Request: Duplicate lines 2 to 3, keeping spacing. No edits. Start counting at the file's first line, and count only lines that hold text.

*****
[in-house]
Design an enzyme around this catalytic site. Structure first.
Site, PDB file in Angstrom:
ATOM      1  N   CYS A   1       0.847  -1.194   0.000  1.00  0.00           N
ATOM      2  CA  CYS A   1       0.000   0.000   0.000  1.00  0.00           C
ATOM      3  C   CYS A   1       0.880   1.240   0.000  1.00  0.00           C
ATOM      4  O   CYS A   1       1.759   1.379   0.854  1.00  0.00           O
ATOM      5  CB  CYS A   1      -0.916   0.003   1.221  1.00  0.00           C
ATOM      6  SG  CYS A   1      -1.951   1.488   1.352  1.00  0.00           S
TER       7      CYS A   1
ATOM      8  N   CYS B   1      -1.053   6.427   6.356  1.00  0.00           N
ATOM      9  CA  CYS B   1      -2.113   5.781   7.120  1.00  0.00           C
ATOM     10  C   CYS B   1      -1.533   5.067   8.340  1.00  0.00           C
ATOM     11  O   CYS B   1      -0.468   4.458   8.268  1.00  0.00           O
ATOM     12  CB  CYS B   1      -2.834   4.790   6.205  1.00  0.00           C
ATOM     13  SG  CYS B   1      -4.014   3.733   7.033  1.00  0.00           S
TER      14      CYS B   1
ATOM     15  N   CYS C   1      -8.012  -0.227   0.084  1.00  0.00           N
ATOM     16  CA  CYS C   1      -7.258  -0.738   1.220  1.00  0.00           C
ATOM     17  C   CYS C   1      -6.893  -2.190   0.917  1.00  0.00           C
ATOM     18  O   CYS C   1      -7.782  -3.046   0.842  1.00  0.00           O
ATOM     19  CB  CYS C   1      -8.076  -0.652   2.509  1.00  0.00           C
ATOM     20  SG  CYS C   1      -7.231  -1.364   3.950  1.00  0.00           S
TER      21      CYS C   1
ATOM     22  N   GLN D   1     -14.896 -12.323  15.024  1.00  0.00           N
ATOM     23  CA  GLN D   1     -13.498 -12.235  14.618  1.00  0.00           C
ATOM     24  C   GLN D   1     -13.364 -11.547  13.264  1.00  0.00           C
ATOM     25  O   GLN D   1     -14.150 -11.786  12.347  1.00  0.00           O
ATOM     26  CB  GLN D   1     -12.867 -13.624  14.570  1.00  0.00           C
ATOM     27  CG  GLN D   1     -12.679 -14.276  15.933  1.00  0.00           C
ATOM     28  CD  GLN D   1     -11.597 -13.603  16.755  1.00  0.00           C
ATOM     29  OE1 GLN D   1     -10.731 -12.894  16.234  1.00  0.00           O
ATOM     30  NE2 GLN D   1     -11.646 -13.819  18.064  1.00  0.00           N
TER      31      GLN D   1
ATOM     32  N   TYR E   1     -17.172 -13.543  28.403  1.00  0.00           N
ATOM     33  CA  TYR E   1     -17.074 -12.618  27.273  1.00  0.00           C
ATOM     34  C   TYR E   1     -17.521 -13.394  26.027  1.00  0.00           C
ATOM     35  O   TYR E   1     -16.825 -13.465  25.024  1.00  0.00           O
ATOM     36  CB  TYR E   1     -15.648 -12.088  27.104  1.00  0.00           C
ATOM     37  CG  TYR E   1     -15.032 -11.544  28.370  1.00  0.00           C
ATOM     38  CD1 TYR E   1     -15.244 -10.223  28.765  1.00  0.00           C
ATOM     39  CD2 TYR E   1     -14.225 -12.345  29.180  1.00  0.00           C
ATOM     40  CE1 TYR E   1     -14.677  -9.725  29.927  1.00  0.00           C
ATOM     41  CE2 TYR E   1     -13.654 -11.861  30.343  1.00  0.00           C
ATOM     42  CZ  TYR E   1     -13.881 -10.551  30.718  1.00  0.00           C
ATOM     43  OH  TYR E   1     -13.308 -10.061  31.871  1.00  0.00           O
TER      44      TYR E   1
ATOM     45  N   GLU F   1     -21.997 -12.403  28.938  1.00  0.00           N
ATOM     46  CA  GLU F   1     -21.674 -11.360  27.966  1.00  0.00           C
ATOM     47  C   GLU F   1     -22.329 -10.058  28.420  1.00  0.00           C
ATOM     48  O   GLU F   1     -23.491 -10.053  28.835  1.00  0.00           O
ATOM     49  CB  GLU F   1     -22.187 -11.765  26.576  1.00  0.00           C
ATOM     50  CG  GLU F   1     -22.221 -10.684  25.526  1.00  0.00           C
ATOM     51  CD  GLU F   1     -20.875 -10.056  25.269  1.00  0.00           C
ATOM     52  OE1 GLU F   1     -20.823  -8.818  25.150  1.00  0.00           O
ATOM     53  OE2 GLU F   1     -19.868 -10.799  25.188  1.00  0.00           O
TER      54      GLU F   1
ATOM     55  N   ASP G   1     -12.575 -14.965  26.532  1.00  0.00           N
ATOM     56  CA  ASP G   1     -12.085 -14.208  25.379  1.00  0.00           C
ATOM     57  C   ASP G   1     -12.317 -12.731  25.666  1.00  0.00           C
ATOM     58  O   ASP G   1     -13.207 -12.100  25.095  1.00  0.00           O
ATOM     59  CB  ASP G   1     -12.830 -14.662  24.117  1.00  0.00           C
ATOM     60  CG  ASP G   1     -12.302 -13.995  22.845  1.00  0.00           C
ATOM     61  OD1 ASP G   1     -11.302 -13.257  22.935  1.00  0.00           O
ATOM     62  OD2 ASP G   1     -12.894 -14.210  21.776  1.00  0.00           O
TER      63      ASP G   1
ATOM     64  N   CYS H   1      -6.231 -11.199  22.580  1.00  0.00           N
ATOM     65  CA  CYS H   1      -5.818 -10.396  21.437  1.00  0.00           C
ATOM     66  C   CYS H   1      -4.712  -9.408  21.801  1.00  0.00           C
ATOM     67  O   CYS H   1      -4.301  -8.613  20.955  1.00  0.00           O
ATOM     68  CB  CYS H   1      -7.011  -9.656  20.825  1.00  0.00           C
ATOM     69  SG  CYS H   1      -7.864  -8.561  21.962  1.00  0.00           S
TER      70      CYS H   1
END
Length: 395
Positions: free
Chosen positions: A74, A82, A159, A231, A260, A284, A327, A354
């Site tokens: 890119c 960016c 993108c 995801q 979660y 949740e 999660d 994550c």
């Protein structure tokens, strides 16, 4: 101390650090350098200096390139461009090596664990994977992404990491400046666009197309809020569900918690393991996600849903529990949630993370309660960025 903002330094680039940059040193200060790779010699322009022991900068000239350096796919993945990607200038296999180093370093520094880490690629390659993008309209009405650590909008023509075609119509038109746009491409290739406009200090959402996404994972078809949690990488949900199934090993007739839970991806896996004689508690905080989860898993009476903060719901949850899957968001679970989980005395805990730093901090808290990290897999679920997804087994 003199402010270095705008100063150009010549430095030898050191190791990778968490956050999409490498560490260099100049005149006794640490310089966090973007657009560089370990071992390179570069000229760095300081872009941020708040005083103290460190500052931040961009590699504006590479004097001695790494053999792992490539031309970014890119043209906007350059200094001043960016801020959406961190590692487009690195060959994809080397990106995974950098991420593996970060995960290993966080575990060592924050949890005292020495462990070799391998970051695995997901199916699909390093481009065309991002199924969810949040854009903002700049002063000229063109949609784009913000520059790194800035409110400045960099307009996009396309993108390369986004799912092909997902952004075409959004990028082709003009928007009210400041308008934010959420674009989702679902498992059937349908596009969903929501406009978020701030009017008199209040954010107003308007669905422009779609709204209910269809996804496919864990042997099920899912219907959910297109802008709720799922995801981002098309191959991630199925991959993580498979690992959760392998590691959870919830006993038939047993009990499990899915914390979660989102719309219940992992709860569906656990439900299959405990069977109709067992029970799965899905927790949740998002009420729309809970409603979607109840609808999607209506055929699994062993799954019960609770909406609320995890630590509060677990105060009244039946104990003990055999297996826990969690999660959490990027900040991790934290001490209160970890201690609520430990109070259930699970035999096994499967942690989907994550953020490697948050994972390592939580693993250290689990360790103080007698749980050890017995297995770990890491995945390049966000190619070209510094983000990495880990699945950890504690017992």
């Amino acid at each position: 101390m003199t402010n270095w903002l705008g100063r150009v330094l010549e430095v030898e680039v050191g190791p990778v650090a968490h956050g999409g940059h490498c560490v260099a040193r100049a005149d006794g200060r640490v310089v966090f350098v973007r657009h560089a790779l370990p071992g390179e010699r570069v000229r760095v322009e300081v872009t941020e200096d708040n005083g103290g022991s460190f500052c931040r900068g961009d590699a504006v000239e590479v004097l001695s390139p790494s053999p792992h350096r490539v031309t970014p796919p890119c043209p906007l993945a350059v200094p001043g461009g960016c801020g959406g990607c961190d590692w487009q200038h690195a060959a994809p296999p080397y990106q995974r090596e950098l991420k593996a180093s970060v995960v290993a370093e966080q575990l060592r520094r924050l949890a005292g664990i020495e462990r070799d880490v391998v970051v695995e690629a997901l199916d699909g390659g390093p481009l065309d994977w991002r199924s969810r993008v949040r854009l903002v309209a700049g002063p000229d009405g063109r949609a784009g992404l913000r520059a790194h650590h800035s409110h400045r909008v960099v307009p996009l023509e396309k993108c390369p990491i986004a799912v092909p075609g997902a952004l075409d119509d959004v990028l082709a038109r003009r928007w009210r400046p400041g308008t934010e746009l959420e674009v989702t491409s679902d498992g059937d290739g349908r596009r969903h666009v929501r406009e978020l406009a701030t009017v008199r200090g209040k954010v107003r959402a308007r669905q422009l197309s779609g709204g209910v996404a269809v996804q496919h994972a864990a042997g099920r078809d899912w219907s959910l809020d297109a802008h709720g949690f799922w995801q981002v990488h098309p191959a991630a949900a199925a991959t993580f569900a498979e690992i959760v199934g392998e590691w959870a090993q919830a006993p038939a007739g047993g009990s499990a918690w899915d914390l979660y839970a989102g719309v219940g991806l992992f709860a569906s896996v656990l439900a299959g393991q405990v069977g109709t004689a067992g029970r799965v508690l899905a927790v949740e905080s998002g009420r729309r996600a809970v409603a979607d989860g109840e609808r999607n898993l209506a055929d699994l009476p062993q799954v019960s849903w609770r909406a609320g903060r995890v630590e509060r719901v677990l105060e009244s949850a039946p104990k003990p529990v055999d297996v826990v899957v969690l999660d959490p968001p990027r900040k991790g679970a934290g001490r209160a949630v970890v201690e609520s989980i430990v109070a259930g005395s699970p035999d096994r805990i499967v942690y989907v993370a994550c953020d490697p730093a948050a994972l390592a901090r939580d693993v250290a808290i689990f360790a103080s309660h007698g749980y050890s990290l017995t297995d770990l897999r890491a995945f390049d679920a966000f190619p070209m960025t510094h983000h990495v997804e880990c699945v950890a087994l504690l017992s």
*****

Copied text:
Design an enzyme around this catalytic site. Structure first.
Site, PDB file in Angstrom: